Royals treated like celebrities in New Zealand
- 16 April 2014
- From the section UK
From the moment a gust of wind blew the skirt of the duchess up, to the smiling baby prince and the cheering fans, the Duke and Duchess of Cambridge have been treated like celebrities in New Zealand.
Live TV footage of their comings and goings, double-page spreads, and excitable tweeting have made the past nine days a royal love-fest for some.
"Kate and Wills are great ambassadors for the Royal Family, and I have such great memories of [Prince William's mother] Lady Di and what it meant to me, that I just want to share it with my family," said Nicola Thomas, standing in the rain in Wellington for the last chance to glimpse the couple.
With her is Roma Beattie, nine years old, grand-daughter of a former governor-general, and with a royal connection herself.
Her father's Buzzy Bee toy was once grasped by a baby Prince William during a previous royal tour - a scene remembered fondly by many Kiwis.
History was also a factor for 16-year-old Lauren Hansen and Sophie Stewart, skipping the last day of term.
With a bunch of tulips to give to Kate, Lauren said: "I just really like them. They're a part of history. Mum saw Princess Di, so I thought I needed to see Kate."
Showered with gifts
Costing an estimated NZ$1m (£520,000), the tour is seen as having a huge impact on New Zealand's reputation abroad, from images of the pair in photogenic locations, to businesses keen to link their products to royalty.
The pair were showered with gifts, many for their briefly seen son. A boat, a bike, a bear, books and a rugby ball - just some items eight-month-old Prince George may one day ride, read or throw.
Catherine's clothing was of intense interest. There were gasps of delight when she wore a New Zealand designer. But did she look like an air hostess, as some in the media have suggested? It didn't matter - Catherine could do no wrong.
She shook hands on walkabouts, she let small children hug her, she chatted with war veterans, she sailed, batted, coached, and got thrown round on a jet boat ride.
While William was doing exactly the same things next to her, the cameras were trained on only one royal personage.
At points the length of the country, thousands of New Zealanders - and Britons - turned out to welcome them.
British flags were proudly waved, and bunting draped over security barriers. And this in a country that will get the chance to vote on the future of its own flag, which includes the union jack in one corner, within the next couple of years.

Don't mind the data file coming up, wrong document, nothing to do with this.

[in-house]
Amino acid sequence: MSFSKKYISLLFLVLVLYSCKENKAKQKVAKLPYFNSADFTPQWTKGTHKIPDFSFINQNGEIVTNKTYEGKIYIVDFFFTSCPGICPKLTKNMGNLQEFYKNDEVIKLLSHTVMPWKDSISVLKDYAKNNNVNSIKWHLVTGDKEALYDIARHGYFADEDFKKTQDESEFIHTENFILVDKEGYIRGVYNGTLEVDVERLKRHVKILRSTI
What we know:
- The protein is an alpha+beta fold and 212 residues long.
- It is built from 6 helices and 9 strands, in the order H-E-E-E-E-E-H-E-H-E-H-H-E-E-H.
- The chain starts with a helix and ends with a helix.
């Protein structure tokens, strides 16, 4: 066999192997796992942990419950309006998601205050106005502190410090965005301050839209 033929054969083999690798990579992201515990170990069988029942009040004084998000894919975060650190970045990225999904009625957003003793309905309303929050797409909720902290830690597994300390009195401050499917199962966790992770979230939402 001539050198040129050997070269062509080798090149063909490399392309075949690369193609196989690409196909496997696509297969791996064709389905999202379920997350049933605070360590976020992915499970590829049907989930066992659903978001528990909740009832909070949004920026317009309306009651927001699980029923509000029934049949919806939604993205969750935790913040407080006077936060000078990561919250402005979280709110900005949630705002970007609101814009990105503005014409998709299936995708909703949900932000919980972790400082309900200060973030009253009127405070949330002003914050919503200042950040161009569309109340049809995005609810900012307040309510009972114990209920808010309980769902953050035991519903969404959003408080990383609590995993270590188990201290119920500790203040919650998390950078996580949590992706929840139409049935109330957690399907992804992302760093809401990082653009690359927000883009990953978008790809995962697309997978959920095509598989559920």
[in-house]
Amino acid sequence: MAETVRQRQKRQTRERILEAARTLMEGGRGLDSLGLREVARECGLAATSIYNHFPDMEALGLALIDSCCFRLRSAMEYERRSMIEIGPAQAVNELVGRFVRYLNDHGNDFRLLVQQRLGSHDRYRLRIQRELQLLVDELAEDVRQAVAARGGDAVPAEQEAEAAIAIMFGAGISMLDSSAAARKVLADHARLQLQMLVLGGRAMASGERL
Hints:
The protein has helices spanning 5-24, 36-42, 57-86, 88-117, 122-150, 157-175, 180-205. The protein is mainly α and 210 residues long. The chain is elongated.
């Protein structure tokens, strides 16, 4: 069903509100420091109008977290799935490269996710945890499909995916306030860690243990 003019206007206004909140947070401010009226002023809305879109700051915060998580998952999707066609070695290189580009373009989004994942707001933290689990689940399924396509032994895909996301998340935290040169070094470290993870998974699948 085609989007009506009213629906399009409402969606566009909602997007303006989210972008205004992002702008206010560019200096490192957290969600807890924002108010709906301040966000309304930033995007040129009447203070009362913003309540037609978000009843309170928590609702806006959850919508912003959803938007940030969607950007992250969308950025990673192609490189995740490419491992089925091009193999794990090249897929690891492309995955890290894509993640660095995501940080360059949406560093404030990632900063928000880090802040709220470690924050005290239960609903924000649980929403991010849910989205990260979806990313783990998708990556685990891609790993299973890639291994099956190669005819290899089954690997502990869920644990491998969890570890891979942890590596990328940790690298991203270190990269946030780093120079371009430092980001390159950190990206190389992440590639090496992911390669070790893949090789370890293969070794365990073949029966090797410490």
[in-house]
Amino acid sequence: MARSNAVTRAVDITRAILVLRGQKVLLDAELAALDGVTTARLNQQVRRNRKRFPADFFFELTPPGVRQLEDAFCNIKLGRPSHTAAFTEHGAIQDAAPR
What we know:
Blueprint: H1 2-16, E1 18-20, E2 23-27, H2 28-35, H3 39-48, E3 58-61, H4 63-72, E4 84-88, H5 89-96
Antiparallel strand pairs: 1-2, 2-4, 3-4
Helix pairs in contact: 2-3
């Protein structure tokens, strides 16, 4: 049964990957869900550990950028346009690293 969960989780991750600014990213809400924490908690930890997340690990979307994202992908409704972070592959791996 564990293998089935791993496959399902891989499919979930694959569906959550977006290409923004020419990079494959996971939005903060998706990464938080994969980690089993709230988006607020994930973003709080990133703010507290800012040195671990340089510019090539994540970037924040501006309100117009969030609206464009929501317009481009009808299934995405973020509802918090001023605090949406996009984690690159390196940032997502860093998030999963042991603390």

Briton Maggie Gibb, 59, from Calne, Wiltshire, was prepared to wait out in the rain for a chance to see the couple.
"Me and my family are real royalists," she said. She remembers writing to Diana, Princess of Wales, to offer support when her parenting was being criticised, and receiving "a lovely letter back, saying she was really touched".
Prime Minister John Key's remarks about it being "inevitable" that New Zealand would one day become a republic appear not to have dampened Kiwi enthusiasm for the visitors.
Even home-grown luminaries seemed starstruck. Lord of the Rings director Peter Jackson, used to Hollywood royalty, held his smartphone up, appearing to record his time with actual royalty as he showed them round an aviation museum.
Government MP Tau Henare posted a selfie during the state reception, with the duchess seen chatting in the background.
Leader of the opposition, David Cunliffe, grumbled about Mr Key getting too much "face time", even though he did get 20 minutes one-on-one with William.
But the voice of republicanism has been heard - just. Campaign group New Zealand Republic flew a banner across Auckland Harbour as below the royals captained America's Cup yachts. "Time for a Kiwi head of state", it read.
A poll by the group before the tour started suggested 46% of New Zealanders want the Queen's successor to be their next head of state, with 44% preferring it was a New Zealander.
Asked how he thought the royal tour had gone, New Zealand Republic chairman Savage told the BBC: "From our perspective, we're very happy.
"It's enabled a good conversation to continue about New Zealand's head of state.
"I don't think the visit will have influenced the public's views - some are happy to see them, some don't really care - but if we can show that there is a need for reform, and set out the specifics of what will replace the current system, then we believe people will come to their own decision."
'Over so quickly'
Some commentators have wondered about the itinerary.
One New Zealand Herald columnist described it as "a schedule jam-packed with meaningless rah-rah" and suggested the royals stop off in flood-devastated Solomon Islands to lend moral support.
Before their arrival, the capital's daily newspaper urged readers to give the royals a proper good time "whatever our disparate views".
At the final walkabout, seven-year-old Paige Burnett could barely speak for the excitement. Dressed in her best dress, clutching a bouquet, she could not wait to see "Princess Kate".
Her mother, Keryn Davis, 32, had taken a day off work and travelled from nearby Lower Hutt city. "I really want to see her too. I'm a bit of a royalist, even on a day like today."
But as one onlooker said as the crowds dispersed: "Such a build-up, then it's over so quickly."